“To be brave, you have to know so you can act.”
They were South African author Sisonke Msimang’s words but could well have been the theme for this past weekend’s Antidote, a festival of ideas which focused on solutions that saw Chelsea Manning, Ronan Farrow, Ta-Nehisi Coates, Maureen Dowd, Msimang and more speaking out on the Sydney Opera House stages.
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The event was almost overshadowed by the home affairs department’s decision to issue a notice of intention to deny Manning an entry visa on character grounds last week. But her talk went ahead regardless: Manning video-called in from Los Angeles to talk to Australian journalist Peter Greste, and the delighted crowd gave the US whistleblower a standing ovation for her efforts.
The event was about more than Manning though: there was calls for courage, fearlessness and activism, warnings about surveillance and lashings of political gossip. Even Captain America got a look in. This is what we learned.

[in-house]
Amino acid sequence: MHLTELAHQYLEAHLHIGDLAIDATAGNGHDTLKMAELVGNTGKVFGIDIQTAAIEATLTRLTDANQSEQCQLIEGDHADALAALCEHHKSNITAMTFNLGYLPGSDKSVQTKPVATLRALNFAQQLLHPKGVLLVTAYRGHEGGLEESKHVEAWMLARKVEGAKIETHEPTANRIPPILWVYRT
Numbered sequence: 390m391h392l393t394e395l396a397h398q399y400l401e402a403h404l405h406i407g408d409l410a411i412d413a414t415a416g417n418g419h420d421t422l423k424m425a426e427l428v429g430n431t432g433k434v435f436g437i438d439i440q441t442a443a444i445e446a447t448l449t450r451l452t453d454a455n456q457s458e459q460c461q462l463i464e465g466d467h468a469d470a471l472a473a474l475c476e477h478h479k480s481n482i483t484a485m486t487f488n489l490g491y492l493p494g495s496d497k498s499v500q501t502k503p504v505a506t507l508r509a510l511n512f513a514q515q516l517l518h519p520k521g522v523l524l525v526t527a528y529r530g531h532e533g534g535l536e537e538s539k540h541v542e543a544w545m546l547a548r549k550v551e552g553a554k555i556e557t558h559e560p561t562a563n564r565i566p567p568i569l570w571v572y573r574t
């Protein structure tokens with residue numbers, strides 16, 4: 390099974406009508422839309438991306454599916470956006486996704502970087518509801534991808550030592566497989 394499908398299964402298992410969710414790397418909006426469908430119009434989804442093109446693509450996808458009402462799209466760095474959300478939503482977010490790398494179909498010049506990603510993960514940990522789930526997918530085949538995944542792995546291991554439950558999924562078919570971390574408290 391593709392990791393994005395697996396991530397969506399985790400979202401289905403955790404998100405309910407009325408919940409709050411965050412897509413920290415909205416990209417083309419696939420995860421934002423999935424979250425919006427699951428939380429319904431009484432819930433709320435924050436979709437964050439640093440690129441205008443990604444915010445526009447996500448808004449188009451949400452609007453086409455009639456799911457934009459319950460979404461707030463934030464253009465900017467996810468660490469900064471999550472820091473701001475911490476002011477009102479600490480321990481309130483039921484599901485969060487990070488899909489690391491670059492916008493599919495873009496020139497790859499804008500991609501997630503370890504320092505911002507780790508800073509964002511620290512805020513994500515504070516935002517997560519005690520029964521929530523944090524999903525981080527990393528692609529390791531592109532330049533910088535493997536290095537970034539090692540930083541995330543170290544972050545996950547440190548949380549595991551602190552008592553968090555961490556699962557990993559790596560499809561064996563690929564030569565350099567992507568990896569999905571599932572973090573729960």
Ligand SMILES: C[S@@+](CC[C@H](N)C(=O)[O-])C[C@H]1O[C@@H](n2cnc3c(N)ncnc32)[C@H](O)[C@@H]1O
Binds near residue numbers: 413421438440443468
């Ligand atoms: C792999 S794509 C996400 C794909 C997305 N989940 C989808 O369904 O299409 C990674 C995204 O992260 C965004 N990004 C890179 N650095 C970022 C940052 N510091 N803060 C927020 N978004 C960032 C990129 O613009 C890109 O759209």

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She’s known for her bravery, but Chelsea Manning believes the enemy within is the one we should be most concerned about. “Whenever I think about the war on terror, I usually view it from the perspective of everyone else and that is, we’re largely being terrorised by our own state.”
Via videocall, the data privacy activist – who served seven years in jail for leaking official secrets – described living in the US as like being under a “domestic military occupation”, similar to being imprisoned with constant surveillance and police presence. She said the lines between the military and the police force were blurred – “and those lines keep getting blurrier and blurrier”. When Greste asked whether dangerous times warranted such measures, her response was firm. “No, because it keeps getting used for bad purposes. You can’t trust the government to be benevolent all the time.”
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